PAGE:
In fostering a large part of the fun is watching progress.
There's always plenty to drive you up the wall; clothes strewn over bedroom floors, toothbrushes obviously not used for three days despite assurances, vegetable wars, nightly re-negotiations about bedtimes.
If you're not careful you might miss the positive developments your child makes. The reason you might miss them is because they aren't flagged up by causing you inconvenience. Quite the opposite; they make your life easier, so they're not so easy to notice.
What happened was this;
I'm about recovered from a small operation, but they won't let me drive yet.
One of our looked-afters started a new school and normally I'd pick him up in the car. But I can't. So he has to walk home.
Now, when I was his age we all walked home, parents didn't do school runs. The culture is totally different now and I'd expected a ruck - he's doing a much longer day and now had a 30 minute walk up a hill at the end of it. He gets a ride in the morning from his foster dad, but his day is now ten and a half hours. Long day.
We explained why he'd need a walk and he was completely cool.
Now, it would be easy to miss something here. One could easily say that the child is simply doing what has to be done, so no big deal.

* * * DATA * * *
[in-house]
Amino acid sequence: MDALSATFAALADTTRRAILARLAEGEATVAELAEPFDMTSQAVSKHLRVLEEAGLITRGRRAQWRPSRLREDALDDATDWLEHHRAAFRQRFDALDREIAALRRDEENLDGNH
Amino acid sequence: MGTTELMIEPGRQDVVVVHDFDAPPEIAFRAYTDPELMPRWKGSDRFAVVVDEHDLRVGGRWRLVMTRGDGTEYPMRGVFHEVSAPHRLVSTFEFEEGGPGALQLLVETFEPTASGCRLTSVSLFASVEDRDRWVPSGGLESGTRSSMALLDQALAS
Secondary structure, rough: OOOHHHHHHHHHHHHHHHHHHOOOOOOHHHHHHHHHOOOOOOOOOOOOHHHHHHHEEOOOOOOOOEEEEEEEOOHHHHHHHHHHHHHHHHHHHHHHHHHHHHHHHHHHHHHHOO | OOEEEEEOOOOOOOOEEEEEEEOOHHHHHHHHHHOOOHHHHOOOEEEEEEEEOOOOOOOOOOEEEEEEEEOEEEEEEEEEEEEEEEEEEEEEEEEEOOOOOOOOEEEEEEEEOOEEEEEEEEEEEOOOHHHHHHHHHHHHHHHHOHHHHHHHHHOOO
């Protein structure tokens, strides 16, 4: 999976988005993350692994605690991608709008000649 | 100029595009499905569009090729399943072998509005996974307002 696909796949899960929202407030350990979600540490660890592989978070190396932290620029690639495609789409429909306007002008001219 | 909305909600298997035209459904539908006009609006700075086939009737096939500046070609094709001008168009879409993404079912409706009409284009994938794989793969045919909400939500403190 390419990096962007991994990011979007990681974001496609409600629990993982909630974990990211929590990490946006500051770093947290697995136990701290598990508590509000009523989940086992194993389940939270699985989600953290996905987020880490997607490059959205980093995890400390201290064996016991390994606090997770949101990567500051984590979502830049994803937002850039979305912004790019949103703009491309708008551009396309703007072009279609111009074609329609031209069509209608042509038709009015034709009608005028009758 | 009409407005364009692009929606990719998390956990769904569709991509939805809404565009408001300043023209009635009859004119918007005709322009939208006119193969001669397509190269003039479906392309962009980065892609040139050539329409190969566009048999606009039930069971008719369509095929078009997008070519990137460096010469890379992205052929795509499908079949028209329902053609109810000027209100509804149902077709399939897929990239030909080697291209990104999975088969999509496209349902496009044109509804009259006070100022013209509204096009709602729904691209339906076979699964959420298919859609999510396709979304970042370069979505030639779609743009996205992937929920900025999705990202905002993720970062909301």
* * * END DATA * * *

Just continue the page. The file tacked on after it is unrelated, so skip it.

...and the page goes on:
But it is a big deal. The child is pitching in to our family's needs. Not really done that before. It's huge. No moaning, no arguing, no feeling sorry for himself. No trying to negotiate a toy or a phone upgrade.
We could easily have ignored his contribution. We could have said to ourselves that he had no choice, that it would be the same for any other kid, that lots of people do 10 hour days.
He's traipsed home every afternoon and flaked out on the sofa without a single whinge or attempt to wangle anything to make up for his discomfort.
He's been so fantastic we'r trying to think of a way to reward him.
Why look at it like that? Because you are mad if you deprive yourself of the celebration of a great moment. You just have to keep your eyes peeled.
Why not go looking for the joys of fostering in the same way that it's easy to notice the struggles?
It makes sense, and makes everybody happy!